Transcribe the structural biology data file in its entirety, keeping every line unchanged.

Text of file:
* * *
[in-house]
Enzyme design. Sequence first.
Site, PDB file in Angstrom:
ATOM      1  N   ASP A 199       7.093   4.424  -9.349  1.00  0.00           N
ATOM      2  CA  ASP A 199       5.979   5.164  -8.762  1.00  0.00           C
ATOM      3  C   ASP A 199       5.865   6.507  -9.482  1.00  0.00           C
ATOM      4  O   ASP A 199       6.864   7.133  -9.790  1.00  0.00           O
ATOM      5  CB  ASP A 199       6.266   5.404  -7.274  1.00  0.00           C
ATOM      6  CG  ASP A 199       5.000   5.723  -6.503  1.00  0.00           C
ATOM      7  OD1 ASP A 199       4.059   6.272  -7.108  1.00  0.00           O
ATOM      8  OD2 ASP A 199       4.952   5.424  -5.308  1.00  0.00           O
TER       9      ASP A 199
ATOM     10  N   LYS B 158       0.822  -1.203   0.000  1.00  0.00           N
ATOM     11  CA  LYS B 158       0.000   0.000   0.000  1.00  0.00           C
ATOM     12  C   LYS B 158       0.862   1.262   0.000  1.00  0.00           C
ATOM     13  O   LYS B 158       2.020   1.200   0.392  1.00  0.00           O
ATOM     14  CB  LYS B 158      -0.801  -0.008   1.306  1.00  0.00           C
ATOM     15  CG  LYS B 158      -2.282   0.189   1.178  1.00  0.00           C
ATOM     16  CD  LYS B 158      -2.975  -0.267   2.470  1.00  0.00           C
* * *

[in-house]
Enzyme design. Sequence first.
Site, PDB file in Angstrom:
ATOM      1  N   ASP A 199       7.093   4.424  -9.349  1.00  0.00           N
ATOM      2  CA  ASP A 199       5.979   5.164  -8.762  1.00  0.00           C
ATOM      3  C   ASP A 199       5.865   6.507  -9.482  1.00  0.00           C
ATOM      4  O   ASP A 199       6.864   7.133  -9.790  1.00  0.00           O
ATOM      5  CB  ASP A 199       6.266   5.404  -7.274  1.00  0.00           C
ATOM      6  CG  ASP A 199       5.000   5.723  -6.503  1.00  0.00           C
ATOM      7  OD1 ASP A 199       4.059   6.272  -7.108  1.00  0.00           O
ATOM      8  OD2 ASP A 199       4.952   5.424  -5.308  1.00  0.00           O
TER       9      ASP A 199
ATOM     10  N   LYS B 158       0.822  -1.203   0.000  1.00  0.00           N
ATOM     11  CA  LYS B 158       0.000   0.000   0.000  1.00  0.00           C
ATOM     12  C   LYS B 158       0.862   1.262   0.000  1.00  0.00           C
ATOM     13  O   LYS B 158       2.020   1.200   0.392  1.00  0.00           O
ATOM     14  CB  LYS B 158      -0.801  -0.008   1.306  1.00  0.00           C
ATOM     15  CG  LYS B 158      -2.282   0.189   1.178  1.00  0.00           C
ATOM     16  CD  LYS B 158      -2.975  -0.267   2.470  1.00  0.00           C